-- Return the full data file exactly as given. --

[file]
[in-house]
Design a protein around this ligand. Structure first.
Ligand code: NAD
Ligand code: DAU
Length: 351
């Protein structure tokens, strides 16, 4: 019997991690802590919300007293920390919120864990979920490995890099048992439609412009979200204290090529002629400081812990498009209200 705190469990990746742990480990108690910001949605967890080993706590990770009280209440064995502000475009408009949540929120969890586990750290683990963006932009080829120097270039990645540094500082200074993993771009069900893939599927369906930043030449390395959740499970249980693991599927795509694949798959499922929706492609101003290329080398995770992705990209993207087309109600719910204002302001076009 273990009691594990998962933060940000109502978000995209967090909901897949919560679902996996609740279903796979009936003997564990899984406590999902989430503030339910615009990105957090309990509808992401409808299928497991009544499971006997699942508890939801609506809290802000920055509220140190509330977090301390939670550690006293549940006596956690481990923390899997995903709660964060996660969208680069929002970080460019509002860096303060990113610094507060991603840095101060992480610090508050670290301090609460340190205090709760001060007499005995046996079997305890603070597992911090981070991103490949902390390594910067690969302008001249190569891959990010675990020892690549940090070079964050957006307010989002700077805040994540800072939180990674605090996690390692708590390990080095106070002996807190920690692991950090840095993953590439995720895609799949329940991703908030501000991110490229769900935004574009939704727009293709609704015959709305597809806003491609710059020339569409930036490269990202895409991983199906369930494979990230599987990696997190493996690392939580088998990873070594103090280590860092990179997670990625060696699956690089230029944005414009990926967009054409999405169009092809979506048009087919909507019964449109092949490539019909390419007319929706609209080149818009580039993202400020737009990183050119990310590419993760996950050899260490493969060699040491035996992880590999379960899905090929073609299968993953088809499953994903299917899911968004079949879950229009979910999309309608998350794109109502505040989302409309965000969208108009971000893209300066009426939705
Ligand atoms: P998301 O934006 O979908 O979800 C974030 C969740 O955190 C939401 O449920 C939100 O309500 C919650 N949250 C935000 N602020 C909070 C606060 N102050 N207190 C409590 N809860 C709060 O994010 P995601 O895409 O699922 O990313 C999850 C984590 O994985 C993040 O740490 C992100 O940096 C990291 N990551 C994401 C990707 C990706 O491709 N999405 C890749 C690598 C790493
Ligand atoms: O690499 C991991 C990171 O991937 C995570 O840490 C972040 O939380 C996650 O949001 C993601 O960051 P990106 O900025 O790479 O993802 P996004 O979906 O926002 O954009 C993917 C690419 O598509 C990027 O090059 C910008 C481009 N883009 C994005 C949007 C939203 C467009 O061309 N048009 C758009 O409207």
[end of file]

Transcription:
[in-house]
Design a protein around this ligand. Structure first.
Ligand code: NAD
Ligand code: DAU
Length: 351
């Protein structure tokens, strides 16, 4: 019997991690802590919300007293920390919120864990979920490995890099048992439609412009979200204290090529002629400081812990498009209200 705190469990990746742990480990108690910001949605967890080993706590990770009280209440064995502000475009408009949540929120969890586990750290683990963006932009080829120097270039990645540094500082200074993993771009069900893939599927369906930043030449390395959740499970249980693991599927795509694949798959499922929706492609101003290329080398995770992705990209993207087309109600719910204002302001076009 273990009691594990998962933060940000109502978000995209967090909901897949919560679902996996609740279903796979009936003997564990899984406590999902989430503030339910615009990105957090309990509808992401409808299928497991009544499971006997699942508890939801609506809290802000920055509220140190509330977090301390939670550690006293549940006596956690481990923390899997995903709660964060996660969208680069929002970080460019509002860096303060990113610094507060991603840095101060992480610090508050670290301090609460340190205090709760001060007499005995046996079997305890603070597992911090981070991103490949902390390594910067690969302008001249190569891959990010675990020892690549940090070079964050957006307010989002700077805040994540800072939180990674605090996690390692708590390990080095106070002996807190920690692991950090840095993953590439995720895609799949329940991703908030501000991110490229769900935004574009939704727009293709609704015959709305597809806003491609710059020339569409930036490269990202895409991983199906369930494979990230599987990696997190493996690392939580088998990873070594103090280590860092990179997670990625060696699956690089230029944005414009990926967009054409999405169009092809979506048009087919909507019964449109092949490539019909390419007319929706609209080149818009580039993202400020737009990183050119990310590419993760996950050899260490493969060699040491035996992880590999379960899905090929073609299968993953088809499953994903299917899911968004079949879950229009979910999309309608998350794109109502505040989302409309965000969208108009971000893209300066009426939705
Ligand atoms: P998301 O934006 O979908 O979800 C974030 C969740 O955190 C939401 O449920 C939100 O309500 C919650 N949250 C935000 N602020 C909070 C606060 N102050 N207190 C409590 N809860 C709060 O994010 P995601 O895409 O699922 O990313 C999850 C984590 O994985 C993040 O740490 C992100 O940096 C990291 N990551 C994401 C990707 C990706 O491709 N999405 C890749 C690598 C790493
Ligand atoms: O690499 C991991 C990171 O991937 C995570 O840490 C972040 O939380 C996650 O949001 C993601 O960051 P990106 O900025 O790479 O993802 P996004 O979906 O926002 O954009 C993917 C690419 O598509 C990027 O090059 C910008 C481009 N883009 C994005 C949007 C939203 C467009 O061309 N048009 C758009 O409207």